Apophatic Language, the Aesthetic, and the Sensus Divinitatis

Journal of Analytic Theology 8 (1):100-119 (2020)
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Across a variety of religious and philosophical traditions, it is common to think that it is possible that God defies all description. This presents a problem, however, as the claim that God defies all description itself appears to describe God. Drawing on multiple religious and philosophical traditions, this paper proposes an addition to the pragmatic stock of approaches to this problem. The proposal is that apophatic utterances are best interpreted—at least in the first instance—as invitations to engage the world aesthetically and creatively, as an act of faith. Their goal is principally to motivate us to act in ways that will allow us to appreciate the extraordinary or divine, rather than to, say, believe that some proposition regarding the extraordinary or divine is true.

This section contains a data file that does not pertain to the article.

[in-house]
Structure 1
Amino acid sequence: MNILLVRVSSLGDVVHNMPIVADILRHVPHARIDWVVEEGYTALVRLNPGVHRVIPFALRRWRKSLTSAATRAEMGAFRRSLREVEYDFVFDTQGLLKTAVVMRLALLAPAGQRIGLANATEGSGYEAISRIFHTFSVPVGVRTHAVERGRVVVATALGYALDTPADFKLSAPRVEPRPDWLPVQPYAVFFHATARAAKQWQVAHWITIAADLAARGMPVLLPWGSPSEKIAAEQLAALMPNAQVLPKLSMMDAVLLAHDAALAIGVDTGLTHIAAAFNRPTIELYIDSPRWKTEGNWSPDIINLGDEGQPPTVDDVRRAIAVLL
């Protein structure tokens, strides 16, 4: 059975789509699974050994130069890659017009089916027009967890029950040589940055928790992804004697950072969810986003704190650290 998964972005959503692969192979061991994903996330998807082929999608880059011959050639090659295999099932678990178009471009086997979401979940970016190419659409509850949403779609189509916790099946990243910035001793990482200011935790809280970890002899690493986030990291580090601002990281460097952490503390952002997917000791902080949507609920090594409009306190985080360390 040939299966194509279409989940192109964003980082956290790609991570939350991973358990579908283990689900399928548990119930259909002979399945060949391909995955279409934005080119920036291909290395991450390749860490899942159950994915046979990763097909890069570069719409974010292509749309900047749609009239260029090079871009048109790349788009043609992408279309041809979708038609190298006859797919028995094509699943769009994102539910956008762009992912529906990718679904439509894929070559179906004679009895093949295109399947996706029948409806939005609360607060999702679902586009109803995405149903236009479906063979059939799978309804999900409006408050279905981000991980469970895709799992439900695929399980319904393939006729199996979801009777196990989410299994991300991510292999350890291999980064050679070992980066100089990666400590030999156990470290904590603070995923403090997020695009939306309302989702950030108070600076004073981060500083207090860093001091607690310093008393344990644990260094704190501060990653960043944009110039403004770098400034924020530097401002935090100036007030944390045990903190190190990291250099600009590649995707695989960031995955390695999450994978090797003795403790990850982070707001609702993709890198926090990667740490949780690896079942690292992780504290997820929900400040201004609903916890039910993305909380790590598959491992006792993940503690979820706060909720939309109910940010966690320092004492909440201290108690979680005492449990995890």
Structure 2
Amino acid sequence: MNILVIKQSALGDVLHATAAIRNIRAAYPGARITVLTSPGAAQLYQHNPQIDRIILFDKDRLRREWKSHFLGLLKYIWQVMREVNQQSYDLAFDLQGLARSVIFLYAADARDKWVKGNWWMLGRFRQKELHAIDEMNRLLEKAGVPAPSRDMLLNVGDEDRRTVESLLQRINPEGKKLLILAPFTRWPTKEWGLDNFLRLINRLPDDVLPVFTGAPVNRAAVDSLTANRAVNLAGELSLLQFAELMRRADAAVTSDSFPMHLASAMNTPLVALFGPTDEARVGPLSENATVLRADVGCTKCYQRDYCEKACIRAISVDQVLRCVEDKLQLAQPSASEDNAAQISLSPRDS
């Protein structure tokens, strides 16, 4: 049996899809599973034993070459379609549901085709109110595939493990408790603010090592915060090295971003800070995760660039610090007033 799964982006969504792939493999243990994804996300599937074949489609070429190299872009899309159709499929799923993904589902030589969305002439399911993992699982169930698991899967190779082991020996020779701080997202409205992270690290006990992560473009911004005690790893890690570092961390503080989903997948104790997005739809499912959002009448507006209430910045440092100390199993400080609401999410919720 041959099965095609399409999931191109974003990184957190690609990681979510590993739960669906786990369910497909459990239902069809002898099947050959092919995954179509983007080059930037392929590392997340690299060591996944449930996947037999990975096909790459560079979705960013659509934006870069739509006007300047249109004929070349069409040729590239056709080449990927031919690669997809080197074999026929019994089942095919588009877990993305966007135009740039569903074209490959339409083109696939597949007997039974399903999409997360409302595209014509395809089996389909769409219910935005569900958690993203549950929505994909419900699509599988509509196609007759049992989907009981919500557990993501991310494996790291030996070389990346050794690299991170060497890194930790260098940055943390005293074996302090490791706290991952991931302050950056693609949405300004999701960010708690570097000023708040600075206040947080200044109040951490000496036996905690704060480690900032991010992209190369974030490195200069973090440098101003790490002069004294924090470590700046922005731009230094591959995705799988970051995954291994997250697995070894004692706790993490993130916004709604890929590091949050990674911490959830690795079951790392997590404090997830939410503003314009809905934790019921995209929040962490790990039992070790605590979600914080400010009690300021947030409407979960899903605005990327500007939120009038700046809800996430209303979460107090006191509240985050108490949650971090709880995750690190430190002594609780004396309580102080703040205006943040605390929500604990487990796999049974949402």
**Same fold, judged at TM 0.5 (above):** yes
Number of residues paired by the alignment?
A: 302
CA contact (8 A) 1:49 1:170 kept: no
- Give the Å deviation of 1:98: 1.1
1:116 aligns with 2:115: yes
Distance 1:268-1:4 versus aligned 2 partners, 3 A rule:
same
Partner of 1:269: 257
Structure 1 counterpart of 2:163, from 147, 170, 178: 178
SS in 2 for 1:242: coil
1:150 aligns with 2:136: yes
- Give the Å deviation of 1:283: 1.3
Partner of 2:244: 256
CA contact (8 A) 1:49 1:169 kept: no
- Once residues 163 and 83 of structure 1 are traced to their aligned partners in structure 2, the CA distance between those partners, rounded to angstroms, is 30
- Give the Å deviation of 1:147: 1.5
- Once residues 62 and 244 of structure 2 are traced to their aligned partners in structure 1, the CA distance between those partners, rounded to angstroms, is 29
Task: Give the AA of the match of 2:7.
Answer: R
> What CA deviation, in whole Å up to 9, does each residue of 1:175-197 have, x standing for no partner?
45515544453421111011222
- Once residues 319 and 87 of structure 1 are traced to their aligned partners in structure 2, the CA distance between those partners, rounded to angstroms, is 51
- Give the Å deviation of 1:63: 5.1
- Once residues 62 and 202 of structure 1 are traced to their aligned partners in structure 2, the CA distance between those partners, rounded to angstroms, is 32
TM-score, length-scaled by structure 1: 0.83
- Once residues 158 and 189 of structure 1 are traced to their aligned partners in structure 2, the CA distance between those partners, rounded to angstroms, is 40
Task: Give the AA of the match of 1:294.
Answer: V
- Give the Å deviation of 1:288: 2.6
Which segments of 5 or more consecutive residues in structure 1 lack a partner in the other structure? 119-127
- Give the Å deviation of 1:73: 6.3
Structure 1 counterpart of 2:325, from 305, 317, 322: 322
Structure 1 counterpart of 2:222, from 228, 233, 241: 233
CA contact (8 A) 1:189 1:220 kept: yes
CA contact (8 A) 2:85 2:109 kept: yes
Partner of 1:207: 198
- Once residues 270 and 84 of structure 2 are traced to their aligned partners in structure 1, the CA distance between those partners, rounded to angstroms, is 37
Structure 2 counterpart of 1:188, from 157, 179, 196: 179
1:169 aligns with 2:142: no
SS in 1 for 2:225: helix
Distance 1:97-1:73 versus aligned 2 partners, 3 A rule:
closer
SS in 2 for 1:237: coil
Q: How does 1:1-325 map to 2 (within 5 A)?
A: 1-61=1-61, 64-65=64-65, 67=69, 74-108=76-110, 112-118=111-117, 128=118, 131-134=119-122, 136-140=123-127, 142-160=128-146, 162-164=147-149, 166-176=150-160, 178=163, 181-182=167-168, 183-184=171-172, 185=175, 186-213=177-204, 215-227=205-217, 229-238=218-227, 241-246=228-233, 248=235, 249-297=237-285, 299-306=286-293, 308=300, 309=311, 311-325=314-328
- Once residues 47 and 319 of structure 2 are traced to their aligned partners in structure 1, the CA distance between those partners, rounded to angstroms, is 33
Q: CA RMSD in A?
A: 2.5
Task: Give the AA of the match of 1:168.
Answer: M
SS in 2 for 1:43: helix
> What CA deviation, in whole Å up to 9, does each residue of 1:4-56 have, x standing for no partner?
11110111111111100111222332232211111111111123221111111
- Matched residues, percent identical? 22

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Julianne Chung
York University

References found in this work

Warranted Christian Belief.Alvin Plantinga - 2000 - Oxford University Press USA.
Warranted Christian Belief.Alvin Plantinga - 2000 - Philosophia Christi 3 (2):327-328.
Contextualism, metaphor, and what is said.Elisabeth Camp - 2006 - Mind and Language 21 (3):280–309.
Nagarjuna and the limits of thought.Jay L. Garfield & Graham Priest - 2003 - Philosophy East and West 53 (1):1-21.
Religious fictionalism.Michael Scott & Finlay Malcolm - 2018 - Philosophy Compass 13 (3):1-11.

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